ESRC is part of UK Research and Innovation (UKRI), a new organisation that brings together the UK’s seven research councils, Innovate UK and Research England to maximise the contribution of each council and create the best environment for research and innovation to flourish. Find out more here.
From 23-25 January 2019, the University of the West Indies will be celebrating the life of Sir W. Arthur Lewis, former member of the LSE Department of Economics, and Nobel Laureate (1979), who was born 100 years ago this week.
As part of the festivities, Professor Tim Besley (School Professor of Economics and W Arthur Lewis Chair of Development Economics) will be giving the keynote talk on “State Capacity and Economic Development”, on Friday 25 January at 19:00 at the University Inn and Conference Centre. For more details, please see here.
Minouche Shafik shares her memories of friend and LSE classmate, Lord Jeremy Heywood, in this tribute.
Minouche and Jeremy met as students at LSE while doing an MSc in Economics in 1985. In this tribute, Minouche says Jeremy ‘was a true servant of the people and a loyal and loving friend to those of us who had the privilege of knowing him.’
You can read Minouche's words here.
(Photo credit: Steve Back)
The LSE Excellence in Education Awards support the School’s aspiration of creating ‘a culture where excellence in teaching is valued and rewarded on a level with excellence in research’ (LSE Strategy 2020). The awards are made on the recommendations of Heads of Department, to staff who have ‘demonstrated outstanding teaching contribution and educational leadership in their departments’. You can find the full list of this year’s winners here.
The Association hosts annual meetings in North America and Europe, with keynote lectures and contributed papers focused on the economics of cities, housing, real estate, local public good provision, and the distribution of economic activity in space. For more information, please see the Urban Economics Association website.
Daniel Sturm is Professor of Economics at LSE, Executive MPA and MPP Co-Director, and an Associate at CEP and STICERD. Daniel is currently Vice President of the Urban Economics Association.
Congratulations to Silvana Tenreyro on being elected President of the European Economic Association (EEA). Silvana will serve as the President of the Association in 2021 after being Vice-President (2019) and President-Elect (2020).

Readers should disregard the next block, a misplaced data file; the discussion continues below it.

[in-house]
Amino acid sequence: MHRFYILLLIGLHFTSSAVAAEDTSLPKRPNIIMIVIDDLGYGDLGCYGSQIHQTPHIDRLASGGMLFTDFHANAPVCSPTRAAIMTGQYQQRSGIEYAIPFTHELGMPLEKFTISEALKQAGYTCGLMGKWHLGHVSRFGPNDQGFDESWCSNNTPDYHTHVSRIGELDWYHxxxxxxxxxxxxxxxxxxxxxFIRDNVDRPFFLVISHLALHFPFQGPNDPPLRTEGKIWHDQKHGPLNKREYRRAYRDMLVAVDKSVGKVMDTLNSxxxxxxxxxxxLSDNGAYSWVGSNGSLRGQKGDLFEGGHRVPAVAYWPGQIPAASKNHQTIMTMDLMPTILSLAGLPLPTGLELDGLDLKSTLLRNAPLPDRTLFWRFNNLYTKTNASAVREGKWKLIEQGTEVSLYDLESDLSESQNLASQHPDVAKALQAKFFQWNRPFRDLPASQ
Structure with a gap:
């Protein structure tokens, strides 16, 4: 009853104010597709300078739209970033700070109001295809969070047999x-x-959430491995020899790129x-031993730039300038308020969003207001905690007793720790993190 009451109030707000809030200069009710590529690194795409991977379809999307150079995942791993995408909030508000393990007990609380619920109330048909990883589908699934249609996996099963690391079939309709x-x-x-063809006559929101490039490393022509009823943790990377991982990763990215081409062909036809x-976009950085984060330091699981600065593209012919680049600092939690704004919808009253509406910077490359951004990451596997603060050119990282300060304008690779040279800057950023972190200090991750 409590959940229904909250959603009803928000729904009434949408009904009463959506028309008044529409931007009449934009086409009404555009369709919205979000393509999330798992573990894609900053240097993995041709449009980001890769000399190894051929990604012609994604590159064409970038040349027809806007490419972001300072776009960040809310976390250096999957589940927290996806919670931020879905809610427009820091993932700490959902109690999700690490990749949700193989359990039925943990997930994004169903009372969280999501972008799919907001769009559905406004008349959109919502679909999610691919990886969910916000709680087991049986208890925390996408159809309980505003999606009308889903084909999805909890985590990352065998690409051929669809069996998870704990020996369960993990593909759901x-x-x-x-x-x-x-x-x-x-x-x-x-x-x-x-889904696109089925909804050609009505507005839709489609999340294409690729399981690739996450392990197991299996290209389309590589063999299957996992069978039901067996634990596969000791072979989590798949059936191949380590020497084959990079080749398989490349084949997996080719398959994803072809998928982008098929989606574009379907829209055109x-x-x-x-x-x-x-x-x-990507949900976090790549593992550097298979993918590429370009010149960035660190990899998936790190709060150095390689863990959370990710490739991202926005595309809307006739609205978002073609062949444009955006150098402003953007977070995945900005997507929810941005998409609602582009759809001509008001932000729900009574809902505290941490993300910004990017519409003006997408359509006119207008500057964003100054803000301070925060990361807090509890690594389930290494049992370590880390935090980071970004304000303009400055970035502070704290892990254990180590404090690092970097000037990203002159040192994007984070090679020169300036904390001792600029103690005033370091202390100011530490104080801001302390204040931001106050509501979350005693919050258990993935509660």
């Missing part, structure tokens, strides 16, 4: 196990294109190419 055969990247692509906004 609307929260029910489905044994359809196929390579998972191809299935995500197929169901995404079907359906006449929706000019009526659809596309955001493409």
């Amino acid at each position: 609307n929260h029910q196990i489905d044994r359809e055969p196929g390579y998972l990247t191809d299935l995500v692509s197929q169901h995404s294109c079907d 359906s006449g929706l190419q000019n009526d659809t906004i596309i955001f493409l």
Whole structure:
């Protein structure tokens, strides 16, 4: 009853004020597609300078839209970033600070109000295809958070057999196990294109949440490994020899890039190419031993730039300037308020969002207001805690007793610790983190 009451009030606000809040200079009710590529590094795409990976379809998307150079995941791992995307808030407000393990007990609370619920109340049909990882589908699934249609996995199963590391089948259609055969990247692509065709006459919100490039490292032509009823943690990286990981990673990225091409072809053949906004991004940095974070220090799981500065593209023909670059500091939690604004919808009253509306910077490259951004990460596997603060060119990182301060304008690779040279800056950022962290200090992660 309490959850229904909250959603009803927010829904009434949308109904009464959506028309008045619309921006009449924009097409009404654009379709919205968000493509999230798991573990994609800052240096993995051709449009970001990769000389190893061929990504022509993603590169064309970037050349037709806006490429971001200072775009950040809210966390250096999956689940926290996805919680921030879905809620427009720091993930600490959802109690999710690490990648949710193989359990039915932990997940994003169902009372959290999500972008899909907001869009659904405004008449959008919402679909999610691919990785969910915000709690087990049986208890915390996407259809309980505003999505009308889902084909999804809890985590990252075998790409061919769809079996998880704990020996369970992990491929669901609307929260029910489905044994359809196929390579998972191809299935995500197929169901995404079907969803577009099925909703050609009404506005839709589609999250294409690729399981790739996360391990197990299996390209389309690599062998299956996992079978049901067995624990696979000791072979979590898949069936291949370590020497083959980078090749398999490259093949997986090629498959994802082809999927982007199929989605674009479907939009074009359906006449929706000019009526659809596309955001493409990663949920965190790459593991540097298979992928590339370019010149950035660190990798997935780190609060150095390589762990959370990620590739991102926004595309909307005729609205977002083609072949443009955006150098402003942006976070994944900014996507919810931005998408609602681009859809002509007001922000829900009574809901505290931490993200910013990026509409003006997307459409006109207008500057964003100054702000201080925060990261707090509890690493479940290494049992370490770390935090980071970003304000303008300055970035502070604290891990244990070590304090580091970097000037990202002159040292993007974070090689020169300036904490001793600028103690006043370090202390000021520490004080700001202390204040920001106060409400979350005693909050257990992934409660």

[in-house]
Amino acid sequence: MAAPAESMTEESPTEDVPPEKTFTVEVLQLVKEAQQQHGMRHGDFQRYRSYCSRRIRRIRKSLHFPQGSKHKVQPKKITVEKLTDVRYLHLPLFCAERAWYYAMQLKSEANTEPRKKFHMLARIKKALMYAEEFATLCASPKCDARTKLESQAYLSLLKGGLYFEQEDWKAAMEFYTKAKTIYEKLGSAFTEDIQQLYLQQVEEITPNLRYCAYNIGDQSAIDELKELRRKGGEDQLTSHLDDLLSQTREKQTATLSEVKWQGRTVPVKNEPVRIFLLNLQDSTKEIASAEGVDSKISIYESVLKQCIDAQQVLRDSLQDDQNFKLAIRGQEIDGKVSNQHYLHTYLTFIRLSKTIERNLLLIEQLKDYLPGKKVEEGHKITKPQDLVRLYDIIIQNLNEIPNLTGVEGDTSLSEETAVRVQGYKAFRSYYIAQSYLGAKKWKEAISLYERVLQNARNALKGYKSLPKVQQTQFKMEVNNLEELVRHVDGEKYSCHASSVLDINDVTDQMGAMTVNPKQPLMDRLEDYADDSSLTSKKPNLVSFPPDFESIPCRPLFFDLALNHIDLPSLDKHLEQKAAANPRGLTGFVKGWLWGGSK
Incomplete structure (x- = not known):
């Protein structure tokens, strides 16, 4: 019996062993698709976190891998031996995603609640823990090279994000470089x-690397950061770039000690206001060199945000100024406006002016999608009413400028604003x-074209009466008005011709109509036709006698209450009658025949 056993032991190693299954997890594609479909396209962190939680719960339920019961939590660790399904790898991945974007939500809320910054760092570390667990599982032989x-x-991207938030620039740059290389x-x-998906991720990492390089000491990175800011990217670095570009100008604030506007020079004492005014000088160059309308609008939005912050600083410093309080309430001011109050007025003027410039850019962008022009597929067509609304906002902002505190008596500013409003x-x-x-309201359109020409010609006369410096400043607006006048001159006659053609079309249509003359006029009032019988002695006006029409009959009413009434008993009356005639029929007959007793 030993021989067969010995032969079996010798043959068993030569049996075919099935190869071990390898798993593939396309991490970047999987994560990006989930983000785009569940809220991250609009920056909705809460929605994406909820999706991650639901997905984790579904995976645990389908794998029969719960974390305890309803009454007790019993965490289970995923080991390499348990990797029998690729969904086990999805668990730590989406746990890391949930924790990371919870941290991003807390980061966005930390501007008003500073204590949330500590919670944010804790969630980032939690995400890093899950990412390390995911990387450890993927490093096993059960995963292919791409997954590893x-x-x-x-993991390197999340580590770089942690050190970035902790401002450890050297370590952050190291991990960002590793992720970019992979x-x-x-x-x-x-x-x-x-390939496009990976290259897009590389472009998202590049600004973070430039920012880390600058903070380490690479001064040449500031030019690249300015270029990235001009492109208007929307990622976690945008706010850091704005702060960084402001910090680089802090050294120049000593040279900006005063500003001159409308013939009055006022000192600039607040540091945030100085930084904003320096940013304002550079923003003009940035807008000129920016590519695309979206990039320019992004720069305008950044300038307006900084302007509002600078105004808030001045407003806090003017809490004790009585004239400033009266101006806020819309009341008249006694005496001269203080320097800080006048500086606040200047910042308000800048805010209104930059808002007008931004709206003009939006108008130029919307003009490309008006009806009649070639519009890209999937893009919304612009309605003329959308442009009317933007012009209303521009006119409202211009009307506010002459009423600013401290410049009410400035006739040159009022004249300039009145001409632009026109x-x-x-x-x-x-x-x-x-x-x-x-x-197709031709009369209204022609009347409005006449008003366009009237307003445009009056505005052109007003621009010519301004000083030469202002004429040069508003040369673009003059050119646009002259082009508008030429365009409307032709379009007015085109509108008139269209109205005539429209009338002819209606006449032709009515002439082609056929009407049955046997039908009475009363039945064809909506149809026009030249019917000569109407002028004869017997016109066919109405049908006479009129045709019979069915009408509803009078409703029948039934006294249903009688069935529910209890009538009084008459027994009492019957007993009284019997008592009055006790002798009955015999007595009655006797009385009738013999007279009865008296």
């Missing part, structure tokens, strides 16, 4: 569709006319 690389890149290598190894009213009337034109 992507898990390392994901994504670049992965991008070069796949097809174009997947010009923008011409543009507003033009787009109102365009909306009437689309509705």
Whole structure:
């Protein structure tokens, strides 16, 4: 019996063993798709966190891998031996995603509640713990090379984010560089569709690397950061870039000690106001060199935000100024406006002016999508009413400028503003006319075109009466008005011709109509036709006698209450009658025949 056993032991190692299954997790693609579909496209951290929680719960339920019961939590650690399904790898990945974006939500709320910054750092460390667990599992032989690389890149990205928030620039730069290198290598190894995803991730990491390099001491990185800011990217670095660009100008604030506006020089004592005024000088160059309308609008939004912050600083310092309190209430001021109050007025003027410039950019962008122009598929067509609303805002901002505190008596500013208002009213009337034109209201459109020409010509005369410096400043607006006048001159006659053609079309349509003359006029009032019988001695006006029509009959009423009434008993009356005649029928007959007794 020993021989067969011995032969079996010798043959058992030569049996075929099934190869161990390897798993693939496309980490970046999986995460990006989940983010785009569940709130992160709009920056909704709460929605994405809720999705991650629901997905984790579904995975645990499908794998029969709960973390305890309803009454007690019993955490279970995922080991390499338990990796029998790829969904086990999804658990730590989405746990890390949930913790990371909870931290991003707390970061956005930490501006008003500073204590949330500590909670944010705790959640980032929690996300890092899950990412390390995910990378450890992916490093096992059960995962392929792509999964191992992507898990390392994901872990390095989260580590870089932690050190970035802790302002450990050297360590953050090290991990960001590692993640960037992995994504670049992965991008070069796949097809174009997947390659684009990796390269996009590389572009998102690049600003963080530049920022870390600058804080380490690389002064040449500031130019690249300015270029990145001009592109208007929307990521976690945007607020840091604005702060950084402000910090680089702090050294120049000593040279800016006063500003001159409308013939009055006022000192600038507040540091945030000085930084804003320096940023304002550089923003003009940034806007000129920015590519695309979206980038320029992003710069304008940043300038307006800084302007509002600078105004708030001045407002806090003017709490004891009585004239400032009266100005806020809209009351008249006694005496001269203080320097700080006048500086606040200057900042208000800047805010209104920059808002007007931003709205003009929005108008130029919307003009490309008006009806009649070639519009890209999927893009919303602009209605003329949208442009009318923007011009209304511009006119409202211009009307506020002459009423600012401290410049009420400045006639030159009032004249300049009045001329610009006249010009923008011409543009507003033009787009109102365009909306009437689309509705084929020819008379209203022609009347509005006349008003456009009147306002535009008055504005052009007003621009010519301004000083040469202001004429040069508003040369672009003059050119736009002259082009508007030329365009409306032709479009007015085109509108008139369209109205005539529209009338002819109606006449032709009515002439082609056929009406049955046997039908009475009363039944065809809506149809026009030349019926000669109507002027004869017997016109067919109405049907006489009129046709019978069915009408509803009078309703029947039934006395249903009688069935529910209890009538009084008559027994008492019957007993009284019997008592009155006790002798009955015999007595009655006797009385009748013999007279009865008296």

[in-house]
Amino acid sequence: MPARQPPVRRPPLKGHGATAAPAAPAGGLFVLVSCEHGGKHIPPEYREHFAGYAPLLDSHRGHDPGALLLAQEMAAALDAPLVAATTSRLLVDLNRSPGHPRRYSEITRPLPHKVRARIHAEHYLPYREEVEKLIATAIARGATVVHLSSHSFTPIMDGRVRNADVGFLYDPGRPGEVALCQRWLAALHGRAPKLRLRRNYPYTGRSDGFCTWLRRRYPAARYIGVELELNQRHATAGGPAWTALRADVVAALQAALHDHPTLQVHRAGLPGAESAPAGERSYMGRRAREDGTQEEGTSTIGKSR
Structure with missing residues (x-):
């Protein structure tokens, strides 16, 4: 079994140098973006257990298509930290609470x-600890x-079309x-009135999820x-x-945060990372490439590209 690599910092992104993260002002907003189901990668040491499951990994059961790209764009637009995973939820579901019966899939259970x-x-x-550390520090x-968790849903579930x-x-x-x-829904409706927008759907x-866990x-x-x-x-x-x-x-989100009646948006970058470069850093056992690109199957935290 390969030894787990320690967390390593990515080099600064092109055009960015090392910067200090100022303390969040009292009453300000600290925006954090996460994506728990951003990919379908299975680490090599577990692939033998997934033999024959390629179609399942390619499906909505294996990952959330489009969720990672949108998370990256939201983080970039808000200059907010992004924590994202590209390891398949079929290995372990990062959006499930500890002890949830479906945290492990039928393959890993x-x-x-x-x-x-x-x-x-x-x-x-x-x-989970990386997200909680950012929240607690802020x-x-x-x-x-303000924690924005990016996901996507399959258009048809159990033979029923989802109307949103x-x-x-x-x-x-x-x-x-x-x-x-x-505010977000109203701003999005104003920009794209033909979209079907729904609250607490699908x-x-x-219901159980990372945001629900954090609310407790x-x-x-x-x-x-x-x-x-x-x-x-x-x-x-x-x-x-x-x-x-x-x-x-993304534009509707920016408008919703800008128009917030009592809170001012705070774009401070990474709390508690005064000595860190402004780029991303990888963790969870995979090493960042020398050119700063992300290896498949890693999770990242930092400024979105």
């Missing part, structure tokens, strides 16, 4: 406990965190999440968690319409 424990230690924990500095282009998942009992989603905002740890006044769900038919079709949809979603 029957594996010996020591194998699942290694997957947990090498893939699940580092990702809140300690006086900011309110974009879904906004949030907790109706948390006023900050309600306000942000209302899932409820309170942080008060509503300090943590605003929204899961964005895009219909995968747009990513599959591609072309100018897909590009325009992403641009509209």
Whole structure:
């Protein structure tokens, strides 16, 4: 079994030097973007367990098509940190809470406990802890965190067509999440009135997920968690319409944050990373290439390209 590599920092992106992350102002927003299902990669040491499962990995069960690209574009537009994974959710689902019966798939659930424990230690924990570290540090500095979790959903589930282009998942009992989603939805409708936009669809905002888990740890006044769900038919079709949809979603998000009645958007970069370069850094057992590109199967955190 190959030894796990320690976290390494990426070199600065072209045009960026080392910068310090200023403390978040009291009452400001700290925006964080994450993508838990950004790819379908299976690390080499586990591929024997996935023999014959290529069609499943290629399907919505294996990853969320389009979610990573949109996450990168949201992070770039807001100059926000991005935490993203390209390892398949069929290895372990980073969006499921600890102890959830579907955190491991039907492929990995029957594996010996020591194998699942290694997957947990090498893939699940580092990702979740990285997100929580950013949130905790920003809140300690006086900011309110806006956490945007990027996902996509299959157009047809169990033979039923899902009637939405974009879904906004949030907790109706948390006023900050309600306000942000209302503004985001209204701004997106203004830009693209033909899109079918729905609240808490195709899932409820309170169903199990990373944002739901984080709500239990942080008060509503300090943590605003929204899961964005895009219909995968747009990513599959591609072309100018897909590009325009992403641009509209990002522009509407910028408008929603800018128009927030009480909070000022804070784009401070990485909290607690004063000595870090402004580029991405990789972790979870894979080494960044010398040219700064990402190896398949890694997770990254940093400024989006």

The EEA is an international scientific body, with membership open to anyone involved or interested in economics. The Association aims to: ‘contribute to the development and application of economics as a science in Europe; improve communication and exchange between teachers, researchers and students in economics in the different European countries; develop and sponsor co-operation between teaching institutions of university level and research institutions in Europe.' The EEA aims can be found here.
Silvana Tenreyro is Professor of Economics; Programme Leader at CFM- Shifts in the World Economy and their Consequences Programme; and Programme Director at IGC- Macroeconomics Research Programme.
Ricardo Reis and Nava Ashraf have been elected to the European Economic Association (EEA) Council.
Nava Ashraf is Professor of Economics; Research Director at Marshall Institute; Associate at IGC- Lead Academic for IGC Zambia; and Programme Co-Director at STICERD- Psychology and Economics Programme.
Ricardo Reis is the A W Phillips Professor of Economics and a CFM Associate.
The EEA is an international scientific body, open to anyone involved or interested in Economics. You can read the Association's aims here.
The Department of Economics offers its warmest congratulations to Giulia Bovini, PhD student, on winning the young economist award at the annual conference of the Italian Society of Labour Economists. Giulia was awarded the Tarantelli Young Economist Prize for her paper “Prime-age labour supply responses to the transition from DB to NDC public pension system: evidence from Italy”.
We are delighted to welcome to the Department our new faculty members.
Dr Dimitra Petropoulou, Associate Professorial Lecturer, joined the Department in September. Dimitra is the Deputy Undergraduate Programme Director, helping us with class teaching, GTA training and supervision, and the recruitment of more ECT colleagues in the future. Dimitra completed her BSc, MSc and PhD within the Department of Economics and we’re thrilled to have Dimitra back with us.
Dr Zarak Mirza and Dr Rafayal Ahmed arrived in September and join us as LSE Fellows for 2018-19.
Zarak holds a PhD from the University of Kent and studies the economics of charitable giving. He will help us with our undergraduate class teaching in the forthcoming year.
Rafayal holds a PhD from Northwestern and is a contract theorist. He will teach EC487 as well as classes.
Our two new Undergraduate Tutors joined the Department at the end of August. Junius Olivier (1st Year Tutor) and Katarzyna Krajniewska (2nd Year Tutor) will provide support and advice to our many undergraduate students.